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Be sure all potential tenants sign the Rental Application, authorizing you to verify the information and references and to run a credit report.

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Some employers and others require written authorization before they will talk to you. When you talk to prospective tenants, stick to questions on the application. See Chapter 5 for details on antidiscrimination laws. Except in California Cal. Department of Homeland Security. This form and instructions for completing it are available at www. Some people who have the right to be in the United States, such as some students and other temporary visa holders, may not have the right to work, which is the focus of the I-9 form.

To confirm their right to be in the U. Under federal fair housing laws, you may not selectively ask for such immigration information—that is, you must ask all prospective tenants, not just those you suspect may be in the country illegally. Landlords are often faced with anxious, sometimes desperate people who need a place to live immediately. Taking the time to screen out bad tenants will save you lots of problems later on. Never, never let anyone stay in your property on a temporary basis.

If an application looks good, your next step is to follow up thoroughly. You risk a charge of illegal discrimination if you screen certain categories of applicants more stringently than others. Here are six steps of a very thorough screening process. Always call current and previous landlords or managers for references—even if you have a written letter of reference from them.

A prior landlord may be a better source of information than a current one, since a past landlord has no motive to give a falsely glowing report on a troublemaker. Also call employers and personal references listed on the application. To organize the information you gather from these calls, use the Tenant References form, which lists key questions to ask landlords, managers, and other references. A sample is shown below and the Nolo website includes a downloadable copy. TIP Check out pets, too. If the prospective tenant has a dog or cat, be sure to ask previous landlords if the pet caused any damage or problems for other tenants or neighbors.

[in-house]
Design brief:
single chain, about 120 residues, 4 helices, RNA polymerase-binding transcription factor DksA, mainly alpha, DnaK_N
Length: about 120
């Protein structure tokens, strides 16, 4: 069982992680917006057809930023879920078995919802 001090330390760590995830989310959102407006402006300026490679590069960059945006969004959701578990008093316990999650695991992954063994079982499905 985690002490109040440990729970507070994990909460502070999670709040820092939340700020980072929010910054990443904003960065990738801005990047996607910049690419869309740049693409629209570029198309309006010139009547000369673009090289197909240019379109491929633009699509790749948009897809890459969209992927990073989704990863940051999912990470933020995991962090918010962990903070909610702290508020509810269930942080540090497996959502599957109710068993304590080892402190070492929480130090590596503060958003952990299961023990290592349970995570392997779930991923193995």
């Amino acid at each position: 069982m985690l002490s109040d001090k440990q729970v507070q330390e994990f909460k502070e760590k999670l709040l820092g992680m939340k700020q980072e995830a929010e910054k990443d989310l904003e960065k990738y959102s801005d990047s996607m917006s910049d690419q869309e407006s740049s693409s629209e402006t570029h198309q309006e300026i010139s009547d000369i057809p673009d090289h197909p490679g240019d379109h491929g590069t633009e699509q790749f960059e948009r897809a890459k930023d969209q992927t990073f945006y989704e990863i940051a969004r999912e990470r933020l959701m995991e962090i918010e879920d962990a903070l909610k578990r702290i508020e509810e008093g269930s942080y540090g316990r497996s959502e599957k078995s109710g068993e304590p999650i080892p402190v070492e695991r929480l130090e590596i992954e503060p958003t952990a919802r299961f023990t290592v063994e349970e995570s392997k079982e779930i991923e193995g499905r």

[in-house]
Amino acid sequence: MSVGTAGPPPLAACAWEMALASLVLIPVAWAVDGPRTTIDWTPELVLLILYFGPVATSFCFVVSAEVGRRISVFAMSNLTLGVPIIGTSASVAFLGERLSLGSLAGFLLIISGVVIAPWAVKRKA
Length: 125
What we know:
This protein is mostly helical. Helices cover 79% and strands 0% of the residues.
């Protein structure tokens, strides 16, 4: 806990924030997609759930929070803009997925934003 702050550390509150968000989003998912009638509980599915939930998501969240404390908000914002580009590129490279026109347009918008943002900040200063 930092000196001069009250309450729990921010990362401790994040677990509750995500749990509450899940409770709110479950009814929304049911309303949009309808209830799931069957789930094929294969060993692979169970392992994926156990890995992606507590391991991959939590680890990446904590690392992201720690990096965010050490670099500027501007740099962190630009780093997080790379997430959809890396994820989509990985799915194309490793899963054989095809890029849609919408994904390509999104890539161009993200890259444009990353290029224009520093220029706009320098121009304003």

You must, however, accommodate a mentally or physically disabled applicant whose pet serves as a support animal—no matter how mangy-looking the pet might be. For more information on renting to tenants with pets, see Chapter 2, Clause Be sure to take notes of all your conversations and keep them on file. You may note your reasons for refusing an individual on the Tenant References form—for example, negative credit information, insufficient income, or your inability to verify information.

Occasionally, you may encounter a former landlord who is unwilling to provide key information. This reluctance may have nothing to do with the prospective tenant, but instead reflects an exaggerated fear of lawsuits. Still, most landlords do not understand this fine point of law, and many will be reluctant to be candid. Obviously, you want to make sure that all tenants have the income to pay the rent each month. Make notes on the Tenant References form, discussed above.

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Before providing this information, some employers require written authorization from the employee. You will need to mail or fax them a signed copy of the release included at the bottom of the Rental Application form or the separate Consent to Contact References and Perform Credit Check form shown above. If for any reason you question the income information you get by telephone—for example, you suspect a buddy of the applicant is exaggerating on his behalf—you may also ask applicants for copies of recent paycheck stubs. TIP How much income is enough?

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Think twice before renting to someone if the rent will take more than one-third of their income, especially if they have a lot of debts. Private credit reporting agencies collect and sell credit files and other information about consumers.

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Jot your findings down on the Tenant References form. Because many people think that you must have their written consent before pulling a credit report to evaluate a prospective tenant, we have included it in our consent forms at the end of the Rental Application and in the separate Consent to Contact References and Perform Credit Check form. For example, you may want to consult a current report in order to help you decide whether to sue a tenant who has skipped out and owes rent. A credit report contains a gold mine of information for a prospective landlord.